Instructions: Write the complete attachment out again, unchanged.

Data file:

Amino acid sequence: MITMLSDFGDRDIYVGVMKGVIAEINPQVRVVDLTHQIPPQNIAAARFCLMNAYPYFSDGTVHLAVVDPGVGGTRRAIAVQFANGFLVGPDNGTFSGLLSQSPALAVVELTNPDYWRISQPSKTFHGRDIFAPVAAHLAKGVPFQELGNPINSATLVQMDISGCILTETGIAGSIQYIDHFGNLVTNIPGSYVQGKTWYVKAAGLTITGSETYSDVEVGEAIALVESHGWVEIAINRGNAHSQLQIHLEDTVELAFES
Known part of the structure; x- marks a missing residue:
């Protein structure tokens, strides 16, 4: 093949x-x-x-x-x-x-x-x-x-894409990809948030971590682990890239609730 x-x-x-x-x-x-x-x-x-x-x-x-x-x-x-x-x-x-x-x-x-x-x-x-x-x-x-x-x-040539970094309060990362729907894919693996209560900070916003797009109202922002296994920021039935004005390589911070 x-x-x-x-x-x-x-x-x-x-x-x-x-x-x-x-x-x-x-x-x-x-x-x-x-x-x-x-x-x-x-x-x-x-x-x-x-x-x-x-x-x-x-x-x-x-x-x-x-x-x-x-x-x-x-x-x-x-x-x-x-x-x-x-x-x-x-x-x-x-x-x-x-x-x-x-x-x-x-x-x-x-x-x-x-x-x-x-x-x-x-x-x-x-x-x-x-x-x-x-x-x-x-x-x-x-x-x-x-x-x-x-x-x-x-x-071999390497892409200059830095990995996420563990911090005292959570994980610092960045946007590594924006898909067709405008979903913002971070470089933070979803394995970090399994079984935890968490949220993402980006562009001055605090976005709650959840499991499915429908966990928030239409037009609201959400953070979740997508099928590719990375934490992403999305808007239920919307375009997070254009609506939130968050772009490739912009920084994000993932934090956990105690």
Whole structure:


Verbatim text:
Amino acid sequence: MITMLSDFGDRDIYVGVMKGVIAEINPQVRVVDLTHQIPPQNIAAARFCLMNAYPYFSDGTVHLAVVDPGVGGTRRAIAVQFANGFLVGPDNGTFSGLLSQSPALAVVELTNPDYWRISQPSKTFHGRDIFAPVAAHLAKGVPFQELGNPINSATLVQMDISGCILTETGIAGSIQYIDHFGNLVTNIPGSYVQGKTWYVKAAGLTITGSETYSDVEVGEAIALVESHGWVEIAINRGNAHSQLQIHLEDTVELAFES
Known part of the structure; x- marks a missing residue:
């Protein structure tokens, strides 16, 4: 093949x-x-x-x-x-x-x-x-x-894409990809948030971590682990890239609730 x-x-x-x-x-x-x-x-x-x-x-x-x-x-x-x-x-x-x-x-x-x-x-x-x-x-x-x-x-040539970094309060990362729907894919693996209560900070916003797009109202922002296994920021039935004005390589911070 x-x-x-x-x-x-x-x-x-x-x-x-x-x-x-x-x-x-x-x-x-x-x-x-x-x-x-x-x-x-x-x-x-x-x-x-x-x-x-x-x-x-x-x-x-x-x-x-x-x-x-x-x-x-x-x-x-x-x-x-x-x-x-x-x-x-x-x-x-x-x-x-x-x-x-x-x-x-x-x-x-x-x-x-x-x-x-x-x-x-x-x-x-x-x-x-x-x-x-x-x-x-x-x-x-x-x-x-x-x-x-x-x-x-x-x-071999390497892409200059830095990995996420563990911090005292959570994980610092960045946007590594924006898909067709405008979903913002971070470089933070979803394995970090399994079984935890968490949220993402980006562009001055605090976005709650959840499991499915429908966990928030239409037009609201959400953070979740997508099928590719990375934490992403999305808007239920919307375009997070254009609506939130968050772009490739912009920084994000993932934090956990105690």
Whole structure: